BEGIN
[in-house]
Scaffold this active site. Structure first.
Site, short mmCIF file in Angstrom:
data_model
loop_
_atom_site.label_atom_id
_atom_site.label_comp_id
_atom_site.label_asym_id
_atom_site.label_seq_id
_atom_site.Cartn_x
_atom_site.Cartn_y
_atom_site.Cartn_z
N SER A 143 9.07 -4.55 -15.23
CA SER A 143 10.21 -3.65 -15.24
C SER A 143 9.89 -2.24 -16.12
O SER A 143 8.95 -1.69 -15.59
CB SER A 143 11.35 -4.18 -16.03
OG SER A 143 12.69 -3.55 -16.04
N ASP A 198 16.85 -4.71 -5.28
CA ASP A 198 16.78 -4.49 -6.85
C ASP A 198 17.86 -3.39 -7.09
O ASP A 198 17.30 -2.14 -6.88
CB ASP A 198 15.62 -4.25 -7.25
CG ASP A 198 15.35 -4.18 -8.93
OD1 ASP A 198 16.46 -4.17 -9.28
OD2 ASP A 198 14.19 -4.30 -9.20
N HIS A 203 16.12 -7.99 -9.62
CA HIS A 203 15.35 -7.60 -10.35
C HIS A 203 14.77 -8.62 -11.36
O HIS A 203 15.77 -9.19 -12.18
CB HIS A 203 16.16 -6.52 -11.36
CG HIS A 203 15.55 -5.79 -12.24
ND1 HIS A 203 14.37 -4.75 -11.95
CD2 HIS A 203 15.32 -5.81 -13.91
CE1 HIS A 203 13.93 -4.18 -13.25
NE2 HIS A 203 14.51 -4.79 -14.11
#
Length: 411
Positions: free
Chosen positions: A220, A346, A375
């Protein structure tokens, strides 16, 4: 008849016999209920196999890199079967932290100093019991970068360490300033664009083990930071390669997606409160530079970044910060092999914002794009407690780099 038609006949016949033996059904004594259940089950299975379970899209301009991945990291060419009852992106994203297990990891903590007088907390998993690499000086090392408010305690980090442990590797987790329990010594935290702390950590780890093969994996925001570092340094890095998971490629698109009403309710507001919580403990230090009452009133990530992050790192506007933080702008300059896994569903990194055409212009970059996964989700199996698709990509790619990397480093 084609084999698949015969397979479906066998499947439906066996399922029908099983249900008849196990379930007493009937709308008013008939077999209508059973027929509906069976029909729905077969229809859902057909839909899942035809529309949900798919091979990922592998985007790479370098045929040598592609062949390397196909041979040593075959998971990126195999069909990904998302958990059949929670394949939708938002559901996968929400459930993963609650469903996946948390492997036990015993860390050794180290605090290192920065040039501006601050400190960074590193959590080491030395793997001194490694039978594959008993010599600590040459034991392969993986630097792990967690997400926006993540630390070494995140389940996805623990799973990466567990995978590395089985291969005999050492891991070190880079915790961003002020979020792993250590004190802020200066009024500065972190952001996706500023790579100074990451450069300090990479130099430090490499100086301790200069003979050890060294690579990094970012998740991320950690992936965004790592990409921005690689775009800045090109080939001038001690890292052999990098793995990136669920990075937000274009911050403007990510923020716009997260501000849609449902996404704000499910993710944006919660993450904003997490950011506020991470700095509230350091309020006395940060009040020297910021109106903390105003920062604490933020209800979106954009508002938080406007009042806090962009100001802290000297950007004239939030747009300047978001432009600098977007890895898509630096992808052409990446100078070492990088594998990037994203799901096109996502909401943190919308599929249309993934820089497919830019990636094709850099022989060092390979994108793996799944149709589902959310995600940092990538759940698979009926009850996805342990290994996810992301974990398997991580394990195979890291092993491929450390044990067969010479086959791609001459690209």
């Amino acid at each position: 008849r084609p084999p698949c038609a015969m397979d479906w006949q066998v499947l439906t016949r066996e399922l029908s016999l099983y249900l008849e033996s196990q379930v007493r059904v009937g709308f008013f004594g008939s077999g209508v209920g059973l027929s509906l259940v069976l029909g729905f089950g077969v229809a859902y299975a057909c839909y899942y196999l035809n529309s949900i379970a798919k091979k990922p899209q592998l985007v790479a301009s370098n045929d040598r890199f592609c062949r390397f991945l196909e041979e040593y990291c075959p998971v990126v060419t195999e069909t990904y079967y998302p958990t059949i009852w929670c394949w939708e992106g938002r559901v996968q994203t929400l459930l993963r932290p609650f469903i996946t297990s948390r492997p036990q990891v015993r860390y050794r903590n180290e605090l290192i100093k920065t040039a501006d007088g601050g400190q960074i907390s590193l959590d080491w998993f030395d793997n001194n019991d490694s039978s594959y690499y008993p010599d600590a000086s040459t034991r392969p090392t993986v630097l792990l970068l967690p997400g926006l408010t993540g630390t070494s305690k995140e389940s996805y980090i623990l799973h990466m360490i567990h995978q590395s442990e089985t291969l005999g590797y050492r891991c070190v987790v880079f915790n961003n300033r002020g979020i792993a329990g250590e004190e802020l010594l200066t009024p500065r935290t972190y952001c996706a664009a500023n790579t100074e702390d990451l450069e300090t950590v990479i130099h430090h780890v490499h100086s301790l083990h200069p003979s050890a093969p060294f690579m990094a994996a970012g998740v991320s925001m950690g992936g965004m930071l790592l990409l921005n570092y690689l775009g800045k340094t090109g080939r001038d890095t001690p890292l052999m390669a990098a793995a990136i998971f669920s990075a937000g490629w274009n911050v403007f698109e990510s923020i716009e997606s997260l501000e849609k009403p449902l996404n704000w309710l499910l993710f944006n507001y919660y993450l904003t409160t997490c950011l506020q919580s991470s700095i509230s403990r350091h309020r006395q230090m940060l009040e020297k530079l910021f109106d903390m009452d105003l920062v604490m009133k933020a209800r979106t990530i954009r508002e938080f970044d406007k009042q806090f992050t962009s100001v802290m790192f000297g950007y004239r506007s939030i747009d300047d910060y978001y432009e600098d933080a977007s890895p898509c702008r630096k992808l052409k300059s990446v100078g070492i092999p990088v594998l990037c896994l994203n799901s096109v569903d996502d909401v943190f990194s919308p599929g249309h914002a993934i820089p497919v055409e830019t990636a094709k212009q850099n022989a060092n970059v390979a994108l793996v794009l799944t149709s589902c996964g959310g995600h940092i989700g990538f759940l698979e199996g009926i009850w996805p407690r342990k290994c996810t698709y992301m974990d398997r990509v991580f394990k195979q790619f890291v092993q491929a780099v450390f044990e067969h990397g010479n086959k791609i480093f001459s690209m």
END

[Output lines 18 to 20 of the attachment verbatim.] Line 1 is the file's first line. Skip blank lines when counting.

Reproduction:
OG SER A 143 12.69 -3.55 -16.04
N ASP A 198 16.85 -4.71 -5.28
CA ASP A 198 16.78 -4.49 -6.85